I recommend practicing topology on something simple, like a human torso-- the most complex part is the shoulder, which should only be a little too hard at first. Then you should move on probably to a face, they can be trouble but I think they’re easier than hands and feet. Ears, however, are a nightmare and will require you to break some of the “rules” I’ve laid out and generally make your life hard. So save those for last :slight_smile:

Sorry for being so longwinded, this is a favorite subject of mind, and I think I’m pretty good at it.


If it’s useful information, which it is, it’s never too long. I’m trying to gain some good modelling skills as well, so this is gold!

Number one thing to do: sculpt organic in perspective.

2d vs 3d,

2d --you are creating negative space(the impression of) by adding the shadows
3d --like clay sculpting you are building up the physical object, adding positive.
3d --you can also create a block and chisel in the details --negative space workflow

Hi, Eric, Joseph, zenitor, Thx for the information and advices

I already feel better knowing I’m not completely hopeless, just need many practice.
My ego stopped me learning further anatomy, thinking I already know about organic things because I’ve learned 2d drwaing. It was mistake I guess.

While struggling with organic things, I frankly thought of giving up, but you guys’ advice helped me a lot.

We are all learning, let learn together :slight_smile:

And it’s totally OK to give up for a little while, take a break, get back to it in a few weeks/months if it ever becomes frustrating. But soon enough you’ll learn to have fun with it, and it won’t be frustrating anymore (it will still be hard work, however!). It might help to use the sculpt mode, create a dyntopo sculpture and then RETOP it, but that might be really tedious. Like the Zenitor said, sculpt in perspective, or at least check back and forth, as all your reference images are necessarily in perspective. And use references!! References will help you a LOT. But don’t rely on them, they’re not the boss of you.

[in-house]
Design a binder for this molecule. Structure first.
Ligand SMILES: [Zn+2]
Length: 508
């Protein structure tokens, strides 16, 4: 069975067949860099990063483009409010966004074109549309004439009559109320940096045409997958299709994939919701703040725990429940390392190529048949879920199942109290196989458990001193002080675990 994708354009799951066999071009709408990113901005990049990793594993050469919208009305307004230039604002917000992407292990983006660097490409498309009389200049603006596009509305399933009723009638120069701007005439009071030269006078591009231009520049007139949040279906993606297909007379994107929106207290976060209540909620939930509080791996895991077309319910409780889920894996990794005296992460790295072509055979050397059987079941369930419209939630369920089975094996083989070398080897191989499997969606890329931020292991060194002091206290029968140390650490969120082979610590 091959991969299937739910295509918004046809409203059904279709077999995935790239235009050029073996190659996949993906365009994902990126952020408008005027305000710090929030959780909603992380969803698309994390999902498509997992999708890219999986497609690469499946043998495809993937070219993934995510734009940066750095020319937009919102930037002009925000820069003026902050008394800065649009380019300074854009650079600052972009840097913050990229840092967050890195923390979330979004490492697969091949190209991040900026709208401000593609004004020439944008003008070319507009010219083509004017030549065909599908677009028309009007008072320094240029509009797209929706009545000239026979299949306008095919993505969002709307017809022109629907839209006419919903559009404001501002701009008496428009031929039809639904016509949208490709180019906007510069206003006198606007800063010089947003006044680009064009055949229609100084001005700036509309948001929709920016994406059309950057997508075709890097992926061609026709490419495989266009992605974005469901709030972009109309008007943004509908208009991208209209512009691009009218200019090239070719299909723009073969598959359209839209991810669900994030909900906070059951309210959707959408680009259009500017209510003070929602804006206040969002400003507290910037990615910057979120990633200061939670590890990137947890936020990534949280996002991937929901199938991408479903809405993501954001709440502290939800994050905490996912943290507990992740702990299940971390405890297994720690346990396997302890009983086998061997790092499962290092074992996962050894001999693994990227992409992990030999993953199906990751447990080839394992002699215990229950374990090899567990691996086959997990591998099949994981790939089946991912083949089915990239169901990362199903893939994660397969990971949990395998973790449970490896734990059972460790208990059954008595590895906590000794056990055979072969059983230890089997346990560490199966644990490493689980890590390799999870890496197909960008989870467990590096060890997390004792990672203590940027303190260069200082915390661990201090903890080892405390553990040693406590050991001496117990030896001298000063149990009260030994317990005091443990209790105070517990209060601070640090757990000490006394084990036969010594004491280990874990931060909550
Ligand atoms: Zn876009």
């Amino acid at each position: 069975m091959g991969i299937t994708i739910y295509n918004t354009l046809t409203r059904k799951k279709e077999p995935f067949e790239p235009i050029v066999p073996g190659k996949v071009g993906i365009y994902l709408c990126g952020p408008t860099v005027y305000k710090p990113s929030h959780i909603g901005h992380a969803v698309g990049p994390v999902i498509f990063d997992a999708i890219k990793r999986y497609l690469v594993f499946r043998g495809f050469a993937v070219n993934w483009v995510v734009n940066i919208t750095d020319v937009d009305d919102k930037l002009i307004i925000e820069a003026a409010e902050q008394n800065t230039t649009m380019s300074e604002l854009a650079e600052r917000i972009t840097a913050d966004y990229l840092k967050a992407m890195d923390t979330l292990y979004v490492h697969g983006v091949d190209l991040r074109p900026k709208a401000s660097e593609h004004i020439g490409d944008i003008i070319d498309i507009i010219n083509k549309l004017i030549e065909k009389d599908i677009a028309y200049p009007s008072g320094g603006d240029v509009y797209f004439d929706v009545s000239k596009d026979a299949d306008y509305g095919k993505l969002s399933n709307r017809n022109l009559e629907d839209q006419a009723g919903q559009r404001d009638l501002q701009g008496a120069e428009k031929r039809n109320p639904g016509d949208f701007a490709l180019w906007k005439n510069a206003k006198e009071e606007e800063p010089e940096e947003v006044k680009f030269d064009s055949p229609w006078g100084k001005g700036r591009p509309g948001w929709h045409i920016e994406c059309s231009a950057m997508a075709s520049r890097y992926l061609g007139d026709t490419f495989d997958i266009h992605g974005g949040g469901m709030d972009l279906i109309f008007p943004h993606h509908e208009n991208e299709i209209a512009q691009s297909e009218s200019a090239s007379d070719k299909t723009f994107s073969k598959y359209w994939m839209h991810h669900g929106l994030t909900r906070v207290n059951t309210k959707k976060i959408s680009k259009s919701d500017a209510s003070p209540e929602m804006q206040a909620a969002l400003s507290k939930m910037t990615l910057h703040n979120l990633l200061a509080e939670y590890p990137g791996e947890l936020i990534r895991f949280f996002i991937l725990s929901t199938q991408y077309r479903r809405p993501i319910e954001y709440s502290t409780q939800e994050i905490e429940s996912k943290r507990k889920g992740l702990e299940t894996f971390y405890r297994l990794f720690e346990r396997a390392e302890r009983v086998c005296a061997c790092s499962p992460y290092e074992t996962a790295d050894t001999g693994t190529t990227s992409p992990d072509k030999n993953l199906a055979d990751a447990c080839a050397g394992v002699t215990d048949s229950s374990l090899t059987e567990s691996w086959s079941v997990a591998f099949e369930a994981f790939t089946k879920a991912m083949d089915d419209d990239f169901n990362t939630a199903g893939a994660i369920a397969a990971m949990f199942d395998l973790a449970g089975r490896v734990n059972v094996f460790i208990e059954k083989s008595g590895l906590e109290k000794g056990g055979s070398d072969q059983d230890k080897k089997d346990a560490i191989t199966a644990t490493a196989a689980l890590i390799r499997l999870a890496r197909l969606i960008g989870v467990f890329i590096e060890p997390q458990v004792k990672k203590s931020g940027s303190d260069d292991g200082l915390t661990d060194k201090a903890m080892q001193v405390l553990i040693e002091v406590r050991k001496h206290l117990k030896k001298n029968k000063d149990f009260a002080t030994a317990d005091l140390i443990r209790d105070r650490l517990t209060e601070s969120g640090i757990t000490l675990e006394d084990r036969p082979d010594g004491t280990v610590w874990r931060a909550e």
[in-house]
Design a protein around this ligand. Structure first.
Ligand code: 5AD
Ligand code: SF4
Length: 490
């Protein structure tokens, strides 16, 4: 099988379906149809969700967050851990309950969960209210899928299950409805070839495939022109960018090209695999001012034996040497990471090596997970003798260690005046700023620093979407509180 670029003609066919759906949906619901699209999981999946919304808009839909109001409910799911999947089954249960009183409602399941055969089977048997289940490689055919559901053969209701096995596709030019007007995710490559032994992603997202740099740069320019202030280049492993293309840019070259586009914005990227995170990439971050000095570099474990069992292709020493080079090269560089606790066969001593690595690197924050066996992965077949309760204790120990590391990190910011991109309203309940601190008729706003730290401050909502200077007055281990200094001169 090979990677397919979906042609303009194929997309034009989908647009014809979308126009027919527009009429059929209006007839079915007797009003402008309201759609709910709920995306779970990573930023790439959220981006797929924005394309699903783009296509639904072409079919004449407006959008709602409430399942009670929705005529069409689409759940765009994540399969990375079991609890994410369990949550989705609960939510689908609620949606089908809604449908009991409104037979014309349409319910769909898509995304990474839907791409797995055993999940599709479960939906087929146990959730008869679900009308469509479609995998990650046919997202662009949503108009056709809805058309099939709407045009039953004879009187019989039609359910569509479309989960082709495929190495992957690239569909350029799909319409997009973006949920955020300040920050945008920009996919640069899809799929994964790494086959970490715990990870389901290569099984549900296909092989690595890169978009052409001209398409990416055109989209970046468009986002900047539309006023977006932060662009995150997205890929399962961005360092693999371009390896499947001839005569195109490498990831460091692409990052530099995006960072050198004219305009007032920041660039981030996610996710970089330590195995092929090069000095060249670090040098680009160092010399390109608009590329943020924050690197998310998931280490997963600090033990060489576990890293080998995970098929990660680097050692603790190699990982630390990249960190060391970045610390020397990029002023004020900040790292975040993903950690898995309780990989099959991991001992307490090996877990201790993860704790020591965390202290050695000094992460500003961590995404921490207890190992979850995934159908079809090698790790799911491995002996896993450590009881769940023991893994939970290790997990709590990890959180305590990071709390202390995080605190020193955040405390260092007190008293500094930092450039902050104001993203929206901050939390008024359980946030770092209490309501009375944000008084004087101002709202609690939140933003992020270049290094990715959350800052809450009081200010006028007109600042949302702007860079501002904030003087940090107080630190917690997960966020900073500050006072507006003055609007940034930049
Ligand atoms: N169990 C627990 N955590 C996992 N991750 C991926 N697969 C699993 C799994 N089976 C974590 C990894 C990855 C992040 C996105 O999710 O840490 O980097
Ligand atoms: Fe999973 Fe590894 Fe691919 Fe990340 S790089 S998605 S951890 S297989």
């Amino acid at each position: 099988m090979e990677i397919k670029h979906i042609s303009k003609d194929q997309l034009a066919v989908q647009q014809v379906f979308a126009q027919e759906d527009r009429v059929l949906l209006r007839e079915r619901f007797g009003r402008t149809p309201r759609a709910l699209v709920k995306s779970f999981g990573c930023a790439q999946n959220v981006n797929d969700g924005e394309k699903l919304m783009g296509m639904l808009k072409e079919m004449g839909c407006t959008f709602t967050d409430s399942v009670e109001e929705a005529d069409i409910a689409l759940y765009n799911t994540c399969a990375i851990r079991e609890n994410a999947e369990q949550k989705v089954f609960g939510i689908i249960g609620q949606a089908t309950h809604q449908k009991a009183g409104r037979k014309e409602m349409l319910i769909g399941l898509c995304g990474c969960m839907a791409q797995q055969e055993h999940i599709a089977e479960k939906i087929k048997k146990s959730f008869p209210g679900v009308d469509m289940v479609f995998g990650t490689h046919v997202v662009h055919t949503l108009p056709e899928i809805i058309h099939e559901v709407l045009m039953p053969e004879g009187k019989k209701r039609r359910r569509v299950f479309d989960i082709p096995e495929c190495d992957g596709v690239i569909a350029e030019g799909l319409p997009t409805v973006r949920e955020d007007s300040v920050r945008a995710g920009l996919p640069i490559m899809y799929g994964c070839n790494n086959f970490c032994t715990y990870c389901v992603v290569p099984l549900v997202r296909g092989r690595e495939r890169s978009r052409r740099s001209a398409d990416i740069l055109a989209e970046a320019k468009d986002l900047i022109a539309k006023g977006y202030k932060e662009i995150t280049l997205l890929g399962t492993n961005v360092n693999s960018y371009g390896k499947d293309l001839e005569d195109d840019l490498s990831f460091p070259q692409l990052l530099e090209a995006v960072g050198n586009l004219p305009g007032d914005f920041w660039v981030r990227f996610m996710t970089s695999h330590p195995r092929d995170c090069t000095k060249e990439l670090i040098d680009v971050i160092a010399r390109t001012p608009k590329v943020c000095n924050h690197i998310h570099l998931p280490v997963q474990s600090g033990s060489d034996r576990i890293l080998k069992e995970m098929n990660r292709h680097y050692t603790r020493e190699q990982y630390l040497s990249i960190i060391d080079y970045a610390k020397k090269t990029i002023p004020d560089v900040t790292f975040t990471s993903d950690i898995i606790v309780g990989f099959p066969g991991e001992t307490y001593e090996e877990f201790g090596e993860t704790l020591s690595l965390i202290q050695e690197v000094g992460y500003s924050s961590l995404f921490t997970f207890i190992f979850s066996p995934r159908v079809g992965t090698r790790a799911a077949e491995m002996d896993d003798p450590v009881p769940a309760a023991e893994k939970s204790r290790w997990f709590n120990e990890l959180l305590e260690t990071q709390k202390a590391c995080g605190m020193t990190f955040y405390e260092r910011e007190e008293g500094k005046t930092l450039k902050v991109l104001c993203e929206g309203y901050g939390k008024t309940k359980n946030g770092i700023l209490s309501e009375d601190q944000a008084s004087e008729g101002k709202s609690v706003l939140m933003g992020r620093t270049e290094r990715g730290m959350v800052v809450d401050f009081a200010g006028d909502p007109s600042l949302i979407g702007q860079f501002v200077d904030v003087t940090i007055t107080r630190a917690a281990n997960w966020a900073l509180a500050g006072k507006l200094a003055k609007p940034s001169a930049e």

Learning anatomy, like I said, is important. Learning it by the book will help (stop now! and look at Phillipe Faraut’s sculpture- both the fine are stuff and the forensic stuff), but it’s also critical to learn by looking. Notice trends, observe people and animals critically everywhere you go. And not just looking, but notice how your own body works, because if you’re lucky and haven’t had any amputations, you should be able to find any muscle, bone, tendon, etc. there is. Stan Prokopenko (just google Proko) has a pretty good ongoing tutorial about anatomy for drawing, and it focusses only on what artists really need to know. Be warned that the site contains some nudity (and so do just about every site with decent modelling references), but it’s an art site so it’s nothing bad.

The reason why it’s important to learn by looking (and especially by drawing!) is that it puts things in context. You’ll have a better grasp of how things work and since you’ve built up an encyclopedia of visual memories, you’ll instinctively see not only when something looks wrong, but why. Drawing not only solidifies your memories, but it puts your knowledge to the test and it gives you an almost tactile knowledge of your subject, which is critical for a sculptor. I consider 3D modelling to be a kind of sculpture-- if your model works as a sculpture by itself, then you know it’s good. And this is the fun part! There may be more than one optimal solution, and there’s an infinite variety in body types, even if you limit yourself to only human bodies.

Unfortunately, since BlenderCookie became CGCookie, they put all the tutorials I used to use in the archive. Well, that probably means they’ve just replaced them with better tutorials! I better check that myself!